Our clients and our firm scrambled to collect and translate medical documents from the husband’s home country, and we got the application on file. As soon as the filing receipt came, they drove to their local field office and were told that that office simply doesn’t do emergency advance parole, a completely inappropriate blanket refusal.

The next day, they had to drive to another field office hours away. This time, they were met with a much more professional, reasonable response and the application was approved.

Within a couple of days they were on a plane, and they arrived back in the United States on Thursday, January 19, one day before the inauguration. We are now getting started on their green card application. It seems to have worked out this time, but situations like this are why we encourage our clients to apply for immigration benefits as soon as they are eligible for them.

Great job, Andrew!  We are happy for you and our clients.

Here’s What Happens When You File a Fake Green Card Case

 

Can I get away with immigration fraud if my spouse decides not to sponsor me anymore?

Hi, I’m Jim Hacking immigration lawyer practicing all throughout the United States. Yeah, it’s a ridiculous title to this video.

I have to tell you that I had something happen for the first time in my many years of legal experience. That is that someone came into my office and they told me flat out that they had paid seven thousand dollars to a friend, a US citizen friend to sponsor them for a green card based on a fake marriage. I honestly have never had that happen before and I have to tell you I was quite surprised. I was surprised that someone was that honest. I was surprised that they had the nerve to tell me. I was surprised that they were even thinking about how to get back at their US citizen spouse for not going through with the promise to perpetuate this fraud. I believe what happened is that as the interview date got closer, the US citizen wised up to what they were doing was a crime under federal law and they didn’t want to go through with it. That’s a good thing.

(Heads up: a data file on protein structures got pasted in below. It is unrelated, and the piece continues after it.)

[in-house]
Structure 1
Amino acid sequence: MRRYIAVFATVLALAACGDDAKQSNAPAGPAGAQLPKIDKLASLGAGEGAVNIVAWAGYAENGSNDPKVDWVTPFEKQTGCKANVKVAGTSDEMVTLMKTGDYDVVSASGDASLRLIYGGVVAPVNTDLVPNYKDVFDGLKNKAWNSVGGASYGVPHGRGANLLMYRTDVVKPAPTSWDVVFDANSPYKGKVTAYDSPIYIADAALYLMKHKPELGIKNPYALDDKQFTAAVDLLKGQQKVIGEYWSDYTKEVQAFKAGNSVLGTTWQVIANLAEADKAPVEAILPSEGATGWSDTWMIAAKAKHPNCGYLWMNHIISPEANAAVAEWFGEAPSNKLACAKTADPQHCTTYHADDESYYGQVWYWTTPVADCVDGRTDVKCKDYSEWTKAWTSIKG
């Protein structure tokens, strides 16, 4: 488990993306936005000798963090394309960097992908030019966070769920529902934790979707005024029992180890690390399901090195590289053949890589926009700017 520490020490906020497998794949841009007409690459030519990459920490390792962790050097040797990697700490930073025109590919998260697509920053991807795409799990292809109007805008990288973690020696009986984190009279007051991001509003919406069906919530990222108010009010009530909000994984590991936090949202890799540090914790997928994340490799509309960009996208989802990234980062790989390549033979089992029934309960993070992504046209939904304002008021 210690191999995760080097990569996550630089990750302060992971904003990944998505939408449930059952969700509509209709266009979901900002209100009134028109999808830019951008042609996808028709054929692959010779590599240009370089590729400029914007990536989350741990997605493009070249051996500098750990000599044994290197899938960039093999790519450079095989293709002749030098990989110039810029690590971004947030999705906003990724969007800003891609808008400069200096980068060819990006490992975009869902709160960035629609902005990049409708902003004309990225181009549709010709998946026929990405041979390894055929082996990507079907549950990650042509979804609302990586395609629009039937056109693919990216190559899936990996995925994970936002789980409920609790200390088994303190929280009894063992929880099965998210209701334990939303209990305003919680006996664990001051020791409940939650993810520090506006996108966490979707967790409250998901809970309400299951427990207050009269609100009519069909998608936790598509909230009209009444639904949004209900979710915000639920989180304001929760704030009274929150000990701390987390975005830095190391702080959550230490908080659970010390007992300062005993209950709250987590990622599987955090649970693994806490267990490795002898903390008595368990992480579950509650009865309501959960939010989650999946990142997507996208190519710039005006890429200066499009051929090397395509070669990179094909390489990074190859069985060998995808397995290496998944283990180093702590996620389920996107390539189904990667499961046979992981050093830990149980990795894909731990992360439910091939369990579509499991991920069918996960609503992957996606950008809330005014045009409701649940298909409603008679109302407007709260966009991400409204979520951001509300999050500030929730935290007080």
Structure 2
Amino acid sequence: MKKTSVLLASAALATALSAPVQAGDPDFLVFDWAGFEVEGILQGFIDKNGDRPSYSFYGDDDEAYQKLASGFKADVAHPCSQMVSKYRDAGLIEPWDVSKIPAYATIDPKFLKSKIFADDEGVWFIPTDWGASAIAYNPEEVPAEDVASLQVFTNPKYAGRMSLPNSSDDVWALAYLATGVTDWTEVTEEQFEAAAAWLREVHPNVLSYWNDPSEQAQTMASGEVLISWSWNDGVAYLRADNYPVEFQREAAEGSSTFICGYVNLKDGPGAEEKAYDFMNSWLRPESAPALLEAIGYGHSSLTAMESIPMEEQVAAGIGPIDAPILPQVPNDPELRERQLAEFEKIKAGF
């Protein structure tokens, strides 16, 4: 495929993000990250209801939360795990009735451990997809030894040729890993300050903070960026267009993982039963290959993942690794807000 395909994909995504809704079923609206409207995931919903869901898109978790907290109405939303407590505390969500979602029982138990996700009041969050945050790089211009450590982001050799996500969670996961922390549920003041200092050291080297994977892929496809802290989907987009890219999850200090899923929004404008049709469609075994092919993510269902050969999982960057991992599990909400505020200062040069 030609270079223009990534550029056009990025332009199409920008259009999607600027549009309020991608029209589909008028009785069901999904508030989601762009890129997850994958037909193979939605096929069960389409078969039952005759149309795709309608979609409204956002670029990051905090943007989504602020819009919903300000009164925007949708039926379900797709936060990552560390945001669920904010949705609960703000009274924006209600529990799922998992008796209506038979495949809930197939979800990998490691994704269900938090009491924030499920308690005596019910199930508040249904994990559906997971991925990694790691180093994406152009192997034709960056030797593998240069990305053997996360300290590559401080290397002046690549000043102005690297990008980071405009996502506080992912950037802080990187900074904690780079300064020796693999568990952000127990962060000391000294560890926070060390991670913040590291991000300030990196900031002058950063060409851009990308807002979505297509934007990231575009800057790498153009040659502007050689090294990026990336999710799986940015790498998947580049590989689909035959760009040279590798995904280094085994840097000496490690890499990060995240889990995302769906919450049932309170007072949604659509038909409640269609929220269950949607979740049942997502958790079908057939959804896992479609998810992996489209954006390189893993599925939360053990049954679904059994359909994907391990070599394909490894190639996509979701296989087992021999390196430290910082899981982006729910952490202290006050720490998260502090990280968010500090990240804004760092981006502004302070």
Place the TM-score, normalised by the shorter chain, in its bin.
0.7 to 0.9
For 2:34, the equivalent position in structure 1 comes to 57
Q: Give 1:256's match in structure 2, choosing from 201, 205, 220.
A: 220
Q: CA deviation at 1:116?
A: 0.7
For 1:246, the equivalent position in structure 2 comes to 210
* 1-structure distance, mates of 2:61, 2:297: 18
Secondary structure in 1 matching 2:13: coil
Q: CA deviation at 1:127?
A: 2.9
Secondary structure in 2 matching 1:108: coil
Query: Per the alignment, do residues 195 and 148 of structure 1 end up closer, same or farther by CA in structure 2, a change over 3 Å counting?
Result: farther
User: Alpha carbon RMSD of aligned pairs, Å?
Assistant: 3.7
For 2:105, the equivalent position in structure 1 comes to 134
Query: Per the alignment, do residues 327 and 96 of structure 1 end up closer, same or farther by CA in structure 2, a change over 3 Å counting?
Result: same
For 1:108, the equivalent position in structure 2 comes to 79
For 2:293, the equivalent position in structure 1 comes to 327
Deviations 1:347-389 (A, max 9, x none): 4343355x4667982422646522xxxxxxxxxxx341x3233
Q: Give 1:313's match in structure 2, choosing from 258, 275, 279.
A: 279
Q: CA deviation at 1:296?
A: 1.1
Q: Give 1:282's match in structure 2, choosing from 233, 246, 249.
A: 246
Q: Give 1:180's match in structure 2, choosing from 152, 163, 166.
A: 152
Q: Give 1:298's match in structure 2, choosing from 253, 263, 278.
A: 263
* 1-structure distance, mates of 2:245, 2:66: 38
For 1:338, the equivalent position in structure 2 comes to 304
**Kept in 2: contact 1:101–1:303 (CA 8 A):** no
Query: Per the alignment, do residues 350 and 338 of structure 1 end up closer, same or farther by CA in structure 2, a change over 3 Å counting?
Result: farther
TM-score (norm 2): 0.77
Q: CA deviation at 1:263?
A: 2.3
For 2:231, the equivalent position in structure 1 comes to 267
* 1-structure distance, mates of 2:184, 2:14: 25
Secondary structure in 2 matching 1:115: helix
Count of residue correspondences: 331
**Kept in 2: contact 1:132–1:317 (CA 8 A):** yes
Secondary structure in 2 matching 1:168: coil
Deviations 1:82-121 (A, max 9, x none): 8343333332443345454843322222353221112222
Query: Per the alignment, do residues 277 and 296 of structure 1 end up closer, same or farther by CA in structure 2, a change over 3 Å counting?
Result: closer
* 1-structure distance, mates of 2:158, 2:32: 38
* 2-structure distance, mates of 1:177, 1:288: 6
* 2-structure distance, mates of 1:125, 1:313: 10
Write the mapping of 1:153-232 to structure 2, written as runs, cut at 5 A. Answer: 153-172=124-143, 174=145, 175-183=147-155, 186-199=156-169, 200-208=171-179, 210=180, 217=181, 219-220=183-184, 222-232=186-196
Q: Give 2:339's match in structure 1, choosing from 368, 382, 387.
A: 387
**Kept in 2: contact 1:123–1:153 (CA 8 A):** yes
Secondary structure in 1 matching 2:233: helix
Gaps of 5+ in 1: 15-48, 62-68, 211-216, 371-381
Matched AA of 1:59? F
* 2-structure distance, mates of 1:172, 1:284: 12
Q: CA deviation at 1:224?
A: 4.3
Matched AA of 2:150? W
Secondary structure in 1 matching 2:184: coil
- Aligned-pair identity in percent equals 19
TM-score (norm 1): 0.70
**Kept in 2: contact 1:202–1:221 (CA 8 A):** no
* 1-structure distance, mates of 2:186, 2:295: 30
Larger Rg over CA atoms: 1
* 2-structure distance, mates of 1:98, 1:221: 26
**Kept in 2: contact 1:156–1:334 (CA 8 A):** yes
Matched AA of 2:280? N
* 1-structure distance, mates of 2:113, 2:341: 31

You shouldn’t file fake immigration cases. It’s one of the worst things you can do. It can prevent you from getting any kind of benefit whatsoever. In addition, it also makes it harder on all the good people who want to get a green card the right way who have a valid marriage. It’s bec of people that pay off other people to get them a green card that cases are harder for regular folks who are just trying to do the right thing. I was quite upset with this person. I held my anger and I told her that this is not a good thing that you did and you should be glad that you’re not going through with it anymore. My advice to her was that she should withdraw this fraud and the petition. Now that leaves her out of status and she’s been out of status for a really long time which is probably why she went ahead and paid for this. Here’s the thing folks, don’t assume that immigration lawyers are going to help you with your fraudulent fake marriage cases. That’s not our job. That’s not what we’re here for. Our job is to help the people who have legitimate claims for lawful permanent resident status for people that are married to real life citizens and have real life marriages.

We want to make sure that we’re not poisoning the well and making immigration think that we file for those claims. We don’t file for those claims. We don’t file fake claims and this person is exactly the kind of person that makes life difficult for the rest of the applicants. Obviously it should go without saying that you should never file a fraudulent marriage based case. Immigration will find out about it. We’ve had many cases in the office recently where immigration has found out about it and so if you are considering filing for a green card, it has to be legitimate. It has to be a real marriage based on what? Love. Nothing else. Not for an immigration benefit. Not because it’s convenient. Not because they want to be able to keep working. We get married for one reason and one reason alone and that reason is love. Don’t listen to anybody who tells you otherwise. Don’t engage in immigration fraud. This couple was headed to a denial. They were headed to a finding that the immigrant beneficiary had engaged in fraud, that the US citizen had engaged in fraud, they could be criminally prosecuted and they sure as heck weren’t going to get a green card.